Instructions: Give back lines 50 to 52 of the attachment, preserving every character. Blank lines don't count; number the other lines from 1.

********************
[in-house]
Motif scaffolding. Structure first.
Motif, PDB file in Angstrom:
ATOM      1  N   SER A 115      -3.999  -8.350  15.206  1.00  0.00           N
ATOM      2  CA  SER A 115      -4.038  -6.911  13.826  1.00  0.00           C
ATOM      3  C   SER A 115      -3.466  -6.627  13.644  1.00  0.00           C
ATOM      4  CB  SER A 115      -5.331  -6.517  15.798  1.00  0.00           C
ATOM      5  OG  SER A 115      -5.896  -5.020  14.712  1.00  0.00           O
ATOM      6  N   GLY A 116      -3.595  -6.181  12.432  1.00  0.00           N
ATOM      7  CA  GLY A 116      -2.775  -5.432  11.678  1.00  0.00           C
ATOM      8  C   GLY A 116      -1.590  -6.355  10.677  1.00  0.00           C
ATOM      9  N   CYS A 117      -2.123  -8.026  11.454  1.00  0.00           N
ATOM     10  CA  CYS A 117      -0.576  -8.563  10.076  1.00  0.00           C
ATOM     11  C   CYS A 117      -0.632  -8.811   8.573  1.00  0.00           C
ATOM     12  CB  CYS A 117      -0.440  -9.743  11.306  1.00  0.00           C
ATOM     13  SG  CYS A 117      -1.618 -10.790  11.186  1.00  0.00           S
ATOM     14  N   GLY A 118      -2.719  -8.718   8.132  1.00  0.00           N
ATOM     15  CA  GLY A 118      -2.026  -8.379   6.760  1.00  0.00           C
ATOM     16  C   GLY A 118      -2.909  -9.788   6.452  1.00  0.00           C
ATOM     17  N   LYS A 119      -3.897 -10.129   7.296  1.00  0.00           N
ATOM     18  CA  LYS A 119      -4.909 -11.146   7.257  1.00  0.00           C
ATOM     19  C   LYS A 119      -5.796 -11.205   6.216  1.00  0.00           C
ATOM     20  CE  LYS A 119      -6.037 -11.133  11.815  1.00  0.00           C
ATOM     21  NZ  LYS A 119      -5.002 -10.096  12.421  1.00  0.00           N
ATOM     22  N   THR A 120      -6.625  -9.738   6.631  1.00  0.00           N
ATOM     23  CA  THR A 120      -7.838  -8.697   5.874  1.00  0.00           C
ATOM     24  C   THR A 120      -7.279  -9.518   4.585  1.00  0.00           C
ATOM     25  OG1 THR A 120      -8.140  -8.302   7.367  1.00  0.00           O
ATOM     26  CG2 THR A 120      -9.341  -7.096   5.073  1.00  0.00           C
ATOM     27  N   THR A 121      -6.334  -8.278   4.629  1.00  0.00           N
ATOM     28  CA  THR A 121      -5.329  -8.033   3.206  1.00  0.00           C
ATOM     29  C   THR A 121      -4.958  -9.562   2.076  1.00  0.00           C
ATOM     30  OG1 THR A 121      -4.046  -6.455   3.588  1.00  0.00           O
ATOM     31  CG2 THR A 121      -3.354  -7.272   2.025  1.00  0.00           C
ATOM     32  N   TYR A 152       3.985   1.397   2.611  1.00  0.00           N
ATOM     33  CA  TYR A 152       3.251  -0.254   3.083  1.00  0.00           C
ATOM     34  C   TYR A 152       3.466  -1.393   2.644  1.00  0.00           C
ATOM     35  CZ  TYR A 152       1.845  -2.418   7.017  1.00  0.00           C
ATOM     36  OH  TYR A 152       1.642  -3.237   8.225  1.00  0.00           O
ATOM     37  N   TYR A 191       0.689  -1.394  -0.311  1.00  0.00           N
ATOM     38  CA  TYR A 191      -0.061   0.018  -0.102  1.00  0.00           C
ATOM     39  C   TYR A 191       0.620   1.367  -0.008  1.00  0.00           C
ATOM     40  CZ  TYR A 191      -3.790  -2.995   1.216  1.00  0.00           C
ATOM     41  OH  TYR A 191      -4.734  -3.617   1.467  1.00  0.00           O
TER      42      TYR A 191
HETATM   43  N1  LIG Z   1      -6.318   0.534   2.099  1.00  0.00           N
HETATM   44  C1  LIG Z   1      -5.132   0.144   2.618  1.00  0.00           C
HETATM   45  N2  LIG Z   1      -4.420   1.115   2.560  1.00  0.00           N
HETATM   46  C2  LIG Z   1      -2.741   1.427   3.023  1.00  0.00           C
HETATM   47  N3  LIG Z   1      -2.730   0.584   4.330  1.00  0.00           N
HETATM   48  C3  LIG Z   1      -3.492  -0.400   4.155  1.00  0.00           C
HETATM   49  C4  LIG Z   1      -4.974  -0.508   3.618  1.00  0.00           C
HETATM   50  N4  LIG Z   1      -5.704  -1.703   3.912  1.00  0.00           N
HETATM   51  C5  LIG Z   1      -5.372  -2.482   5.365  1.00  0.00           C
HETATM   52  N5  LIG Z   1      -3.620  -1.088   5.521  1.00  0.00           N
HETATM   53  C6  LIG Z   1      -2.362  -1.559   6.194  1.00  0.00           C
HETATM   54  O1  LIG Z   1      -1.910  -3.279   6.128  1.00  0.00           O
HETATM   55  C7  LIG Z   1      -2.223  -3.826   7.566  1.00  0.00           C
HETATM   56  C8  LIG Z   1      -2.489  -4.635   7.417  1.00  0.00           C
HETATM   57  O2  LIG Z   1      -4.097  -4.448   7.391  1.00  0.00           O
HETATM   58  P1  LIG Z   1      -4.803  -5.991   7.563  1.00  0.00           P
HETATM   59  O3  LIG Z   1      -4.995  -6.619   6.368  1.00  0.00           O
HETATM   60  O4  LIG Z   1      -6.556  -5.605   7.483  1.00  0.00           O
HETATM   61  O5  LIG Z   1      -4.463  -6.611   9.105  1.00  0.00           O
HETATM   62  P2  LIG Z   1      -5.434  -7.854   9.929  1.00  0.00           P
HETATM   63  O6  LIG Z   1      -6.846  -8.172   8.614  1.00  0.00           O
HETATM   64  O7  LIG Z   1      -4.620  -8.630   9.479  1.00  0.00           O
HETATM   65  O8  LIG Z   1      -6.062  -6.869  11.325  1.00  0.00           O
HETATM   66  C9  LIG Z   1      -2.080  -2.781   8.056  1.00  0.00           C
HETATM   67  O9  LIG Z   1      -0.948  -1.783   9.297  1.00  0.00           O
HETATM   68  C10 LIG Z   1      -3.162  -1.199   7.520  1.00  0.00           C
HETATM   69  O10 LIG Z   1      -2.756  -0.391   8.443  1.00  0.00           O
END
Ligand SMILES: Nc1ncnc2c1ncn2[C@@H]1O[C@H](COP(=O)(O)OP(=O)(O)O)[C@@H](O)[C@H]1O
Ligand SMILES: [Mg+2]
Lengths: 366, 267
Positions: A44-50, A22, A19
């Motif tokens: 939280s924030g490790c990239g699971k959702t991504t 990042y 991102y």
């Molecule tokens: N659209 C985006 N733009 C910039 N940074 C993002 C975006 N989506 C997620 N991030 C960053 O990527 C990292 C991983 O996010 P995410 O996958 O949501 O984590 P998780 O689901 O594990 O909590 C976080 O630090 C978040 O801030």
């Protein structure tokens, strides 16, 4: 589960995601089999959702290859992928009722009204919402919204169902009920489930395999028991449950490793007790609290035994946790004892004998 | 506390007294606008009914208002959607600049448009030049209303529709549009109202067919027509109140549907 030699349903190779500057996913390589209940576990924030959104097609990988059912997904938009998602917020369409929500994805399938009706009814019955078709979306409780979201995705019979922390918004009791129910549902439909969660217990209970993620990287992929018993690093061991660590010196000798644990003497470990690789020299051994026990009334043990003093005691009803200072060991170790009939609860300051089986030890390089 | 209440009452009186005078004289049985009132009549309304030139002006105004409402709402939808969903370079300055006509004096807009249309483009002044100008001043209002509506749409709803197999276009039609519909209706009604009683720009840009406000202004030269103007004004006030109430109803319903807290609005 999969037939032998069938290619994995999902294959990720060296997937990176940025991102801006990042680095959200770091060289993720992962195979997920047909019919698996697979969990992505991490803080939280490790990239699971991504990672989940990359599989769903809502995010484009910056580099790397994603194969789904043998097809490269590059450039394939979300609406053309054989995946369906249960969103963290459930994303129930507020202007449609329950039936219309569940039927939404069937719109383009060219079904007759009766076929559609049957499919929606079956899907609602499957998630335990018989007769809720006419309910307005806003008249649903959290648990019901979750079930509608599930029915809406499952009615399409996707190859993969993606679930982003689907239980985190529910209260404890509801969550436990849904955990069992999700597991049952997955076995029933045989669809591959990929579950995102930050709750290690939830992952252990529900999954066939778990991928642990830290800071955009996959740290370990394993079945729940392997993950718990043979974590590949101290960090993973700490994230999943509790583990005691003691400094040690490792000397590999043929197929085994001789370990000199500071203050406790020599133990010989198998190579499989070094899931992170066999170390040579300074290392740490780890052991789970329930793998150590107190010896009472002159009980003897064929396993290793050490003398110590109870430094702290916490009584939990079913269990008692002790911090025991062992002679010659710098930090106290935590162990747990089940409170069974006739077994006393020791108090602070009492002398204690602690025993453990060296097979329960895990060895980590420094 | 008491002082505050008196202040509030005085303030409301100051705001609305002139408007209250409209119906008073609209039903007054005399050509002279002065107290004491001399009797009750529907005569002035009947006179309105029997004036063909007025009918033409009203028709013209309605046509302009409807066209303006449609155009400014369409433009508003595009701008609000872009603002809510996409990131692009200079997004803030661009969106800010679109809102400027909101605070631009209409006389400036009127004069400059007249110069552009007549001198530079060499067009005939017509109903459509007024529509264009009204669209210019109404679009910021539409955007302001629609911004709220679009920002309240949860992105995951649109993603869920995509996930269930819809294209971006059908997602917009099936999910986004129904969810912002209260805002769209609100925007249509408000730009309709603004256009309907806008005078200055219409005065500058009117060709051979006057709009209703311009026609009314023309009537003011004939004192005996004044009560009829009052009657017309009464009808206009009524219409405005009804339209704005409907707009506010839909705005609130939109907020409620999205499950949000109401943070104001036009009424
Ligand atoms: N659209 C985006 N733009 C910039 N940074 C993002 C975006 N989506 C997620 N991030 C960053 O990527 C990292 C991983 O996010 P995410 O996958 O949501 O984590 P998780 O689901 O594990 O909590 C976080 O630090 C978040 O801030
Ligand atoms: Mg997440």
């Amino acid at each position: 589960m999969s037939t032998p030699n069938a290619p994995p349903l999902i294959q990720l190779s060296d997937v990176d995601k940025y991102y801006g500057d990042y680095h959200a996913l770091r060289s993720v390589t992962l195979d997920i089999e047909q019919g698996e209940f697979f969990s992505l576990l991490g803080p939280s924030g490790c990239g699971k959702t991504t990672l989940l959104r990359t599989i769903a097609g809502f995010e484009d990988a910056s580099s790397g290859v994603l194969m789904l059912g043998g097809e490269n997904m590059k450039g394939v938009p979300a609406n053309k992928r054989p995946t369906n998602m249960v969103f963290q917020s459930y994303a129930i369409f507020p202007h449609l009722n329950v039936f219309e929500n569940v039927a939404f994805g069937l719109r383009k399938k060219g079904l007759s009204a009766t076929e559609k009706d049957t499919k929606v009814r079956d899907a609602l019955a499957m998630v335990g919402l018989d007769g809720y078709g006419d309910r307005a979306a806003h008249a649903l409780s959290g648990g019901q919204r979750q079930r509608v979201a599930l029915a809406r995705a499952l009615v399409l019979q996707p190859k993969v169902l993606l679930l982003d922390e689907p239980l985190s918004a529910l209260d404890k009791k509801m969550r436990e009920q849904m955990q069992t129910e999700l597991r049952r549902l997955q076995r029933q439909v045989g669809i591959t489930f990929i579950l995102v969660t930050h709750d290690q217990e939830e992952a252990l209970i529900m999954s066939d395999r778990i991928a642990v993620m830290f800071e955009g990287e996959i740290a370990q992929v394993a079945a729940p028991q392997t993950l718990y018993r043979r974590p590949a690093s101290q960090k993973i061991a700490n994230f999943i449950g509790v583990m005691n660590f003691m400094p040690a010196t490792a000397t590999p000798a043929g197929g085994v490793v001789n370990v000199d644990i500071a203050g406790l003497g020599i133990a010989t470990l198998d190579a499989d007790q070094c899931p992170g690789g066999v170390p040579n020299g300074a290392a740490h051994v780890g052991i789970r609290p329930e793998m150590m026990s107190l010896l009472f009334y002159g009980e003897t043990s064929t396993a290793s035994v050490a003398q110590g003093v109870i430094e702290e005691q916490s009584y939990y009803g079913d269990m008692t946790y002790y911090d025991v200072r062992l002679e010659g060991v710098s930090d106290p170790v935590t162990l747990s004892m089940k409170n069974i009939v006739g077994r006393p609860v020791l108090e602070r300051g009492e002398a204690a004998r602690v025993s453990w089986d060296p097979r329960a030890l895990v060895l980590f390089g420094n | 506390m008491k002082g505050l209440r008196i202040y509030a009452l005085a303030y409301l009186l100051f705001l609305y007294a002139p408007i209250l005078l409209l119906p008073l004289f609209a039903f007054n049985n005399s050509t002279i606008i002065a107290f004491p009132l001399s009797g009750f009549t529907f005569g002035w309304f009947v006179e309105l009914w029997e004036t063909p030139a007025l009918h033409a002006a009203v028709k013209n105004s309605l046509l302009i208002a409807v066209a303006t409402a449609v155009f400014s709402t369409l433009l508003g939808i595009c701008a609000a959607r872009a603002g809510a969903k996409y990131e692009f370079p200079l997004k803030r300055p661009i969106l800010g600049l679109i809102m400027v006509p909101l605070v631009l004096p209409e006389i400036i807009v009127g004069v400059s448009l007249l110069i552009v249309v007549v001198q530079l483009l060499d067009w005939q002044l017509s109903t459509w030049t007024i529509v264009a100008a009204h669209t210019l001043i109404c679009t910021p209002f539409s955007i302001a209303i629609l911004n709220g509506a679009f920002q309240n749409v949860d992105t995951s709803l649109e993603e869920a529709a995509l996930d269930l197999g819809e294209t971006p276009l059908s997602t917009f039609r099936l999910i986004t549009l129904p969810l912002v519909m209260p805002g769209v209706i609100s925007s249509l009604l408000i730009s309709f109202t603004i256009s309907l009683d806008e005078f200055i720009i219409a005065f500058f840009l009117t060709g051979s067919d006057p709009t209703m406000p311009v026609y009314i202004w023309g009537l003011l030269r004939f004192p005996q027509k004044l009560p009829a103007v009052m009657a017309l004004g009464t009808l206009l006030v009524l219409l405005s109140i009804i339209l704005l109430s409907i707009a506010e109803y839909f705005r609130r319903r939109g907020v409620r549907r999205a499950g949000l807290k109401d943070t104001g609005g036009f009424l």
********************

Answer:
HETATM   47  N3  LIG Z   1      -2.730   0.584   4.330  1.00  0.00           N
HETATM   48  C3  LIG Z   1      -3.492  -0.400   4.155  1.00  0.00           C
HETATM   49  C4  LIG Z   1      -4.974  -0.508   3.618  1.00  0.00           C